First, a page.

Meet the Penan tribe
Nyapun's home in the rainforest in the 1970s
Nyapun is one of the oldest of the Penan people, being well over 80 years old and is a close personal friend of Robin Hanbury-Tenison, who took this beautiful photograph in the 1970s when they first met during a Royal Geographical Society Expedition to Borneo. Life has changed monumentally in Mulu, Borneo and for Nyapun and his family over the last 50 years with well over 90% of the rainforest having been cut down since then. Our 'Person of the Forest' chapter of Last Chance to Paint is a last chance for us all to meet Nyapun and to see how the tribe live today. Some Penan groups still try to follow a hunter gathering life in the rainforest, but the vast majority, including the Penan at Mulu and Nyapun's family have been forcibly settled by the government and issued with id cards even though many have no known date of birth and they just pick a number as they don't know their age. There is so much we must learn from the past so we can improve the future and the Penan provide a unique insight into a people who have lived through extreme change and who were once self sufficient for food, health, shelter, culture and tools from the rainforest.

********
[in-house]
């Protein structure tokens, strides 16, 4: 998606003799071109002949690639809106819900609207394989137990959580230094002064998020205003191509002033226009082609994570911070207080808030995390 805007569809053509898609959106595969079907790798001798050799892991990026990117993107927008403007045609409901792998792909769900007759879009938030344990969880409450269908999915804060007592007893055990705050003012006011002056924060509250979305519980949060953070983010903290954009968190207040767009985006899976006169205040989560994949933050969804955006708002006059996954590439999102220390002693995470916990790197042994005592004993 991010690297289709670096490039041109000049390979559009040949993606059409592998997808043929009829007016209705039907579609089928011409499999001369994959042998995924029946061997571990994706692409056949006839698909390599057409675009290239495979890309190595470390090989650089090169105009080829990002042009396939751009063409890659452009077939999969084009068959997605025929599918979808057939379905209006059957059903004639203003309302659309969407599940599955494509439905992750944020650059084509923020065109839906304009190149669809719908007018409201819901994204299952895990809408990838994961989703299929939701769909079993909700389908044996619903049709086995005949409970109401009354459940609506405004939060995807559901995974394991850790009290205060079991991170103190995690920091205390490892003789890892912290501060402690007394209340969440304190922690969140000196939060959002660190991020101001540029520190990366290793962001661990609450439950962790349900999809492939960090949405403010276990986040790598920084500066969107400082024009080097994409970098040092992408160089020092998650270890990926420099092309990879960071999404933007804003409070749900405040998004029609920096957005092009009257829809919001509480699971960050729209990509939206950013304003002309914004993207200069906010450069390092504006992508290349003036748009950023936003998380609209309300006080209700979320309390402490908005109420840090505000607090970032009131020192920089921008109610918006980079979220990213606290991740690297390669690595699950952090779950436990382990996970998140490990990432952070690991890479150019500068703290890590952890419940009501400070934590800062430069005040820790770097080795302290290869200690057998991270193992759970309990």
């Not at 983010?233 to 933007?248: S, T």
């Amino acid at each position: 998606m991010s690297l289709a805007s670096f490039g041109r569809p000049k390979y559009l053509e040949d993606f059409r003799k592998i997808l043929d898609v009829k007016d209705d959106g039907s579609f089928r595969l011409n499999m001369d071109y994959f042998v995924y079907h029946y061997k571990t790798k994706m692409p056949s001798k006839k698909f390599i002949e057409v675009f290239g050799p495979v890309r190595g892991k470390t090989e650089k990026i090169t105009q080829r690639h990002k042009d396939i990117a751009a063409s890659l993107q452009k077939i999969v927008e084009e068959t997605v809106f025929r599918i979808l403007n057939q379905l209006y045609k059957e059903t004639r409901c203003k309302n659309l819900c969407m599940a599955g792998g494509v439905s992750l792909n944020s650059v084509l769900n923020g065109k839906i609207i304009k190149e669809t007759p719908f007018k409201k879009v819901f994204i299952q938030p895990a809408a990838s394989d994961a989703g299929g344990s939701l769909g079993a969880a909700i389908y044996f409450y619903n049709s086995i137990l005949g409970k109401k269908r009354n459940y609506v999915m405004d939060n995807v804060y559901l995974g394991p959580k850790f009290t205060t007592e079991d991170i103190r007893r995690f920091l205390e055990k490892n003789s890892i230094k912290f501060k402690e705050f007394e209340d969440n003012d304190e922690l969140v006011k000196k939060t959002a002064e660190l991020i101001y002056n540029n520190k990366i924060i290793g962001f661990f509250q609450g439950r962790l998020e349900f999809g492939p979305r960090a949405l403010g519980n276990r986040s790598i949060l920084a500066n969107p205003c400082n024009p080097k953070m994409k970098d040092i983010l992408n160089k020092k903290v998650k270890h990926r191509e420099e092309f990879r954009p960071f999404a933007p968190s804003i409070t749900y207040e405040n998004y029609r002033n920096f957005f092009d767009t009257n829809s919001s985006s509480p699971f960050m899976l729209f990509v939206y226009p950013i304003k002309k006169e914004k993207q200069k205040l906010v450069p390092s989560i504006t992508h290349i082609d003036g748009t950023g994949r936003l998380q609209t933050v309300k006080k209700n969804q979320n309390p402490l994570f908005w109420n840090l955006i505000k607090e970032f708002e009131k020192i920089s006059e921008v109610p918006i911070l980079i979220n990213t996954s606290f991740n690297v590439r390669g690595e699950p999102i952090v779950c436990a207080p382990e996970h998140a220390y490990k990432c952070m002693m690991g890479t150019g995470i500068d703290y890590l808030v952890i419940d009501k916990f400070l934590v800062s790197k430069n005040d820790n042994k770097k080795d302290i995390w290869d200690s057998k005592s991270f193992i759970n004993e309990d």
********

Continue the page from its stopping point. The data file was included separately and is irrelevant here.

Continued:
Photograph © Robin Hanbury-Tenison
Nyapun and his family photographed in the 1970s when they still lived a hunter gathering nomadic life
Nyapun can be seen on the far left of this photograph and his wife to his right can also be seen playing the nose flute in the video below in 2019. Their lives have changed so much as the rainforest has been cleared for logging and palm oil and they are now forced to live in a small village located between the remaining rainforest and the airport. Beyond the airport and all the way to Brunei there is now no rainforest left.
Photograph © Robin Hanbury-Tenison
What are the outcomes?
By spending time painting and drawing the Penan tribe and orangutans your children will connect, ask questions, value and learn a great deal about the Borneo rainforest in a natural and personal way. Our 'Person of the Forest' adventure provides your class with a unique insight into life in the Borneo rainforest.
The project naturally brings up the complex issues surrounding agriculture, population, commercial use of vegetable oils, deforestation for logging and palm oil and how we need to urgently find a balance in the future so that ecosystems and man can co-exist sustainably. We hope you will use our resources as inspiration for a wider conversation with your children on these issues.
Your children's art on the World Gallery
Let your children bear witness to what we are all doing to the planet and creatively protest, have a voice, connect and highlight what we all stand to lose by exhibiting their personal artwork inspired by our projects on the World Gallery.